Multi-polarity and re-balancing key characteristics of world order: EAM Jaishankar
Power plays reflect the relationships between states, sometimes within them as well, S Jaishankar said
“Power plays existed well before the pandemic and indeed, could be considered a continuous factor in the evolution of the world order. They reflect the relationships between states, sometimes within them as well. Because the nation state is the fundamental unit of international politics, the focus naturally tends to be on the interplay of national interests and national behaviour,” External Affairs Minister S Jaishankar said in his remarks at the WION Global Summit on “Power Play in a Post Pandemic World.”
“When it comes to power plays, this has many concrete expressions across different geographies. The rise of China, and to some extent of India, is one part of the story. The significant changes in the American strategic posture are equally important, and obviously not unconnected. The collective character of the West, including its alliance manifestation, is also no longer the same,” Jaishankar observed.
He said in many cases, “historical players like Russia, Turkey or Iran are far more active in their near vicinity; in the case of Russia, well beyond. As a trend, the influence of middle powers has grown much more in a flatter world. It has also made both challenges and solutions far more regional than before, for example in the Gulf. “The continents of Africa and Latin America are more aware of their interests and more focused on pursuing them. To varying degrees, this is true of smaller regions as well.”
The EAM said in its current stage, the two main characteristics of the world order are the phenomena of multi-polarity and of re-balancing.
“The first represents the emergence of more consequential players, as opposed to two major ones during the Cold War, one after that, and a few more thereafter in the making. The second not only captures the different weightage of players but also the changes in our assessment of their importance and influence. It means assertions of identity and different conversations. The entire process is, of course, set against the backdrop of globalization and the debates around its merits,” the EAM said.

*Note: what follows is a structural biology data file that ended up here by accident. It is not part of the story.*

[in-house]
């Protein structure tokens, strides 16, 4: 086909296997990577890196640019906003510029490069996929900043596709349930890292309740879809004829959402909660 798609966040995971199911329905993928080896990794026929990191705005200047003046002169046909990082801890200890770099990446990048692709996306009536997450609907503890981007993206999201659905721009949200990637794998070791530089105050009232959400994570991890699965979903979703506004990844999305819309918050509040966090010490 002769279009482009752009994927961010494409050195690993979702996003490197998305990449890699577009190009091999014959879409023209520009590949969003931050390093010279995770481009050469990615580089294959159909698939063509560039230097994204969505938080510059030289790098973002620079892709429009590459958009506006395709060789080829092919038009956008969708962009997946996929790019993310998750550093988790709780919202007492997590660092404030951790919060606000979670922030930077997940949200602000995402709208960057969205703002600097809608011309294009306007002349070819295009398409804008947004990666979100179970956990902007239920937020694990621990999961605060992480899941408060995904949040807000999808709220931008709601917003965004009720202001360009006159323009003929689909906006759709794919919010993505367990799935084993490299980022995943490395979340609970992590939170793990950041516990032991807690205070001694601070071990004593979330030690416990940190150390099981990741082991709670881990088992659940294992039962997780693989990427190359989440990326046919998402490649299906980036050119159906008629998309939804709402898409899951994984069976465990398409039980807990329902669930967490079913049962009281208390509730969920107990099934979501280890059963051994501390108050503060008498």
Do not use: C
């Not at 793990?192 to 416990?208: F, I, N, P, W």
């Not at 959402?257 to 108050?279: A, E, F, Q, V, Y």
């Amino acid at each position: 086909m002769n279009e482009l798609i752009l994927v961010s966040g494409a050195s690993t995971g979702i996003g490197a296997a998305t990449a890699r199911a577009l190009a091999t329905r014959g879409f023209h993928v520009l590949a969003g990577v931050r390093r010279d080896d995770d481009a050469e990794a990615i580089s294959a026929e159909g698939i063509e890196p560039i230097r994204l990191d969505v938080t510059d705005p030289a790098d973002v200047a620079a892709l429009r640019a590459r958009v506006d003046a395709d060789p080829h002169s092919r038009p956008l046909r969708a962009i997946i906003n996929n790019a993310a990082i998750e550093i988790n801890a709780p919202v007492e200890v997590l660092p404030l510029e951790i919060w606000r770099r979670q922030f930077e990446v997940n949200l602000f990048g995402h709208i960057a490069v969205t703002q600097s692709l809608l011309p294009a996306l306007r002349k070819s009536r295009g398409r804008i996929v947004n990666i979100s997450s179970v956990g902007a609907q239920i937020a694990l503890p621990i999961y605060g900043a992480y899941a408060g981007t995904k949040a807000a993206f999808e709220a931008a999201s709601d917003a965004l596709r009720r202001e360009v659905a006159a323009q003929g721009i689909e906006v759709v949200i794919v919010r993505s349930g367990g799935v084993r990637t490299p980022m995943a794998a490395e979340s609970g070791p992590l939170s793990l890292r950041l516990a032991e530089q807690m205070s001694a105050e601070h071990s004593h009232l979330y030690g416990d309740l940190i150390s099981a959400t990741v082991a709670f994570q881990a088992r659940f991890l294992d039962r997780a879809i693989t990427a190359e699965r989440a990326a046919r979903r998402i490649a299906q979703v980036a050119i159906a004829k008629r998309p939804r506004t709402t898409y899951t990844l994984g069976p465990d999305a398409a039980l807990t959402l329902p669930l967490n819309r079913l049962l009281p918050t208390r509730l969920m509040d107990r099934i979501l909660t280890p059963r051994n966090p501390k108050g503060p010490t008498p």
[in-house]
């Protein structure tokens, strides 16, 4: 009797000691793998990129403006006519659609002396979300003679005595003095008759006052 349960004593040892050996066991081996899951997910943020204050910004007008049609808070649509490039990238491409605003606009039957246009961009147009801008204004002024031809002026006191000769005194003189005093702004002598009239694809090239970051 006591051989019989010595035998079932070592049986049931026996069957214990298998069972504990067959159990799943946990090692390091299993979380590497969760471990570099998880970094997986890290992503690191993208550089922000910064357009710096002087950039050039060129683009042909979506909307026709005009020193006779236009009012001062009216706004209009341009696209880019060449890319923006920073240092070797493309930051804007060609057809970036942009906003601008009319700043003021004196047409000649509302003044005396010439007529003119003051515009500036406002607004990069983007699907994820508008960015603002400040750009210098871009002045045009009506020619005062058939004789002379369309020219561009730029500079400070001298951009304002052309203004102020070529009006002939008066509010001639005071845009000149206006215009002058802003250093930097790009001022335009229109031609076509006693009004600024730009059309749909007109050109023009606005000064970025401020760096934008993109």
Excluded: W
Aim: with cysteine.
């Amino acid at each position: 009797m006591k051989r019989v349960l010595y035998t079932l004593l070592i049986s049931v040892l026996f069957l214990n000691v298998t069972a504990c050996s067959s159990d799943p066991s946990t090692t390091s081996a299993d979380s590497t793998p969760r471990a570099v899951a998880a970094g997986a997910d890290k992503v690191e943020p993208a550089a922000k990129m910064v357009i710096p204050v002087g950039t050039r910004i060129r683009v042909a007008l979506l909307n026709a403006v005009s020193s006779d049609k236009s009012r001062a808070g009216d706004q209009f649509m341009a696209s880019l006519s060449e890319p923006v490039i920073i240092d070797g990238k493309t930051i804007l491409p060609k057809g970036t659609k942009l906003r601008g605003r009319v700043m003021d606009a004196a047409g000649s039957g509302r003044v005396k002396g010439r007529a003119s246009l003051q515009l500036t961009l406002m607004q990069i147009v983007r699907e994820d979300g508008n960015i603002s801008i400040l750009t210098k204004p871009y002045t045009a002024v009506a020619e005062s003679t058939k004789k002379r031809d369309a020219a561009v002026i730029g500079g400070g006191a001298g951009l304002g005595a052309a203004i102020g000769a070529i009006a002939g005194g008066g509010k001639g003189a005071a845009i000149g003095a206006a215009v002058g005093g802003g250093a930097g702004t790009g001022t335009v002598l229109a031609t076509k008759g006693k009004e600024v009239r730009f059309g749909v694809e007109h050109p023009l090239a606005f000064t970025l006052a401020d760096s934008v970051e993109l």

He said the Covid-19 pandemic has introduced many variables and has raised fundamental concerns about the virtues of globalization by bringing out the importance of reliable supply chains.
Now, into an incredibly dynamic and complex global situation, the Covid pandemic has actually introduced many more variables. Not just that, some of these actually came as a shock to the entire global system. For example, it has raised fundamental concerns about the virtues of globalization by bringing out the importance of reliable supply chains.
Pandemic has also brought out in the open the behaviour of states at times of stress, thereby highlighting the more uncomfortable realities of global politics. It saw challenges to governance in different societies and made us realize the quality of leadership and the strength of motivation.
It has made health security and perhaps food security far more integral to national security of countries. And it has accelerated digitization, whether it is by work from home, delivery to the vulnerable or monitoring the pandemic itself. The full extent of these changes is still far from clear, but for sure, the world will be a different place than just wearing masks, the EAM said.